There is no time like the present to cultivate your own garden

Woman with bound feet reclining on chaise lounge, China [Public Domain via Wikimedia].

WaitingWaiting by Ha Jin

My rating: 5 of 5 stars

This is a lovely story that has all of the drama of Candide without the travel. If the theme is anything, it is that, rather than "good things come to those who wait", we might often wait for something that was never good, and then regret what we deliberately left behind. I don't think the theme comparison with Candide's "cultivate your own garden" is too far from the author's intention. 

Set in a period that encompasses the Cultural Revolution, this novel captures what it may have been like to live during this period of history in China. Ha Jin's work is brilliant. I saw this book in the bookstore and I was drawn to it. 

After reading Eileen Chang's Lust, Caution, I have decided to investigate a variety of literary works outside of my Anglophone comfort zone. While Chang's work was translated, Ha Jin is a Professor of English at Boston University, so this work was written in English. 

His style is engaging and I found it hard to turn the light out to sleep for two nights as I wanted to finish it in one go. This novel had me reflecting on my own life and the choices I have made.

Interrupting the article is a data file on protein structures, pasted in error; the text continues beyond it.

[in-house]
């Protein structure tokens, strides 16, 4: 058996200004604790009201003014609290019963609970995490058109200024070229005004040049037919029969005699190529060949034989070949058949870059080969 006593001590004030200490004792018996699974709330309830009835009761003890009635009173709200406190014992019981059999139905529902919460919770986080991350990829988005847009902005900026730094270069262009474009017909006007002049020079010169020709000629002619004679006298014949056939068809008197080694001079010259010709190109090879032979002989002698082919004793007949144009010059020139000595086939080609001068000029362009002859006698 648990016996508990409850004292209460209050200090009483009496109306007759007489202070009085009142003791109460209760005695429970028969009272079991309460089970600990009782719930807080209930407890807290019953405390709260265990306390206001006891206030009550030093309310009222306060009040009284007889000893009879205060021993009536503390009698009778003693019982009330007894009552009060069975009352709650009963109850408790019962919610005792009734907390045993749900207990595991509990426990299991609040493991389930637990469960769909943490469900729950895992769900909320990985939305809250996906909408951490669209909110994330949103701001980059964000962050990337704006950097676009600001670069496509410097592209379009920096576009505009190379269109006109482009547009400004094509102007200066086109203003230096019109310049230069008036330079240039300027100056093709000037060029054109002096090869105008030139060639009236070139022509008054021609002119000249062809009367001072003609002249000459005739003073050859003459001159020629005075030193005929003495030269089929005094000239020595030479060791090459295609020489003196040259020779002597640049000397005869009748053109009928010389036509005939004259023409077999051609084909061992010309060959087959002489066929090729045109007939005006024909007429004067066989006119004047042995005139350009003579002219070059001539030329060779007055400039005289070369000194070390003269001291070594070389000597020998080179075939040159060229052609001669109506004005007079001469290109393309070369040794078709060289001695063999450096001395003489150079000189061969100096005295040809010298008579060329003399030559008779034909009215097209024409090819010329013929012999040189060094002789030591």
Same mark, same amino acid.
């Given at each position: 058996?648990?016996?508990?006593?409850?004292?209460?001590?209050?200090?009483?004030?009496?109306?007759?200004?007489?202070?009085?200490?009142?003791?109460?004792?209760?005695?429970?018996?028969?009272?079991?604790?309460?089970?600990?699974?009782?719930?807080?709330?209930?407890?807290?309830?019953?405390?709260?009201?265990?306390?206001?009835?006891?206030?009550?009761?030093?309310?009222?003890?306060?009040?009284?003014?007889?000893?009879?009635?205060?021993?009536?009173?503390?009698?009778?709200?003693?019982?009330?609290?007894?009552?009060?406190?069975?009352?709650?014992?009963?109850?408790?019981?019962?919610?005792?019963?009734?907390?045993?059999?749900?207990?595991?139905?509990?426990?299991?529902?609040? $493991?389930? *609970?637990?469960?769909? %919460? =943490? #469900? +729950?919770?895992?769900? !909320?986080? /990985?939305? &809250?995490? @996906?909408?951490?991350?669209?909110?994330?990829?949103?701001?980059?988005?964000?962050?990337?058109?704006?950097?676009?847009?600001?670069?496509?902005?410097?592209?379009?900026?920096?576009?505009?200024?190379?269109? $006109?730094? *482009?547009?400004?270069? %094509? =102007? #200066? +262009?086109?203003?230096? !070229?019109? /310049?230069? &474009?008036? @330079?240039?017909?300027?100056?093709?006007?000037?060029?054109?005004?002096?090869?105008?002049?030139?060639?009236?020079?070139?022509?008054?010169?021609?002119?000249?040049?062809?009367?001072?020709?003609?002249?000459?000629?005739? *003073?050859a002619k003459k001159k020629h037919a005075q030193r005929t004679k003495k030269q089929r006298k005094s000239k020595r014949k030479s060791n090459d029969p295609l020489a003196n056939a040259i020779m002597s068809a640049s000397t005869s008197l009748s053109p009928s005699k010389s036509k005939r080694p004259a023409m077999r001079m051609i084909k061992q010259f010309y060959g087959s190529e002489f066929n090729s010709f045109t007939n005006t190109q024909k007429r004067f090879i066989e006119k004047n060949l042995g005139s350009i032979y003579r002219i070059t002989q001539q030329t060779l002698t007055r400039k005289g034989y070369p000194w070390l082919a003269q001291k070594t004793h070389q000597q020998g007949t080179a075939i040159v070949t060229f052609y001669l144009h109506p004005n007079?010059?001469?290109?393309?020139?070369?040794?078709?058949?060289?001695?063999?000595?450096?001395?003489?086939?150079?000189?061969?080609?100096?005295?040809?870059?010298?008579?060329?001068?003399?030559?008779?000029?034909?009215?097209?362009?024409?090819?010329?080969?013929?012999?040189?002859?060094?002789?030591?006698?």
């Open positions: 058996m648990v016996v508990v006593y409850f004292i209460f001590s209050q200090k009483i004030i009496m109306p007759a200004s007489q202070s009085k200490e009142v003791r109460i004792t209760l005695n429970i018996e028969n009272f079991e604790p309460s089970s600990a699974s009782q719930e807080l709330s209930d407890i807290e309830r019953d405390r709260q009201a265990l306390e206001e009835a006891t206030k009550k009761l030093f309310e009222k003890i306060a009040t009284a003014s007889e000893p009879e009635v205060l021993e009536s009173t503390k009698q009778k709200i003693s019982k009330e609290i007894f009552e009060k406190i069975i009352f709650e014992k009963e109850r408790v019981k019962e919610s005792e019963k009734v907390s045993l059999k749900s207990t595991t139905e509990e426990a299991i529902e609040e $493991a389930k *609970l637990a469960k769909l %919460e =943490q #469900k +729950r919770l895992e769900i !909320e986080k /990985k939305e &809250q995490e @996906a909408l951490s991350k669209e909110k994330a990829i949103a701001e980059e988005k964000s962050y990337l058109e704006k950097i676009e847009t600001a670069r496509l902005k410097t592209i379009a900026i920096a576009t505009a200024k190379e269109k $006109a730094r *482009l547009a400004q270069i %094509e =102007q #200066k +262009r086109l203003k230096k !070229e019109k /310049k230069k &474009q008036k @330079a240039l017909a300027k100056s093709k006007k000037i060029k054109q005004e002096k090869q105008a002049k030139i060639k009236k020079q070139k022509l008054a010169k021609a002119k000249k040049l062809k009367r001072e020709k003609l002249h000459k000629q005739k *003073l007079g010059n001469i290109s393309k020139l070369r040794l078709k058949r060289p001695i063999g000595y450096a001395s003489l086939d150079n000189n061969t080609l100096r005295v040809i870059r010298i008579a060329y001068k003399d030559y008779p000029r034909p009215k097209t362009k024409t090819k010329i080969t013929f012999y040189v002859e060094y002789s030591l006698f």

Not that I regret the past - or at least I inspire to live in the spirit of amor fati - but I couldn't help think that there are many lessons of the past that I hadn't really embedded in my psyche. After sharing the journey with the protagonist, Lin Kong, I am still returning to memories to mop up the remnants of lessons long forgotten or ignored. 

I think a great novel allows the reader to learn from the experiences of the characters. In effect, to learn from the mistakes of fools rather than make the same mistake. This novel won the 1999 US National Book Award, and no wonder. While I do not pretend that a book award is the be-all and end-all of great books, it provides some reassurance. And I wasn't disappointed. 

Ha Jin has written many other novels, and I hope to be reading another of his works very soon. It was helpful to have a working knowledge of Chinese modern history, and especially Chairman Mao's philosophy, but it is not necessary to enjoy the story. 

At the beginning here I wrote that it is a lovely story, and it is, but in a way that one sits and thinks for an eternity before putting the book down. It is also a very sad story. If I were to sum up the story in one of Poor Richard's (Benjamin Franklin's) maxims, it would be thus:
Would you live with ease, do what you ought, and not what you please.

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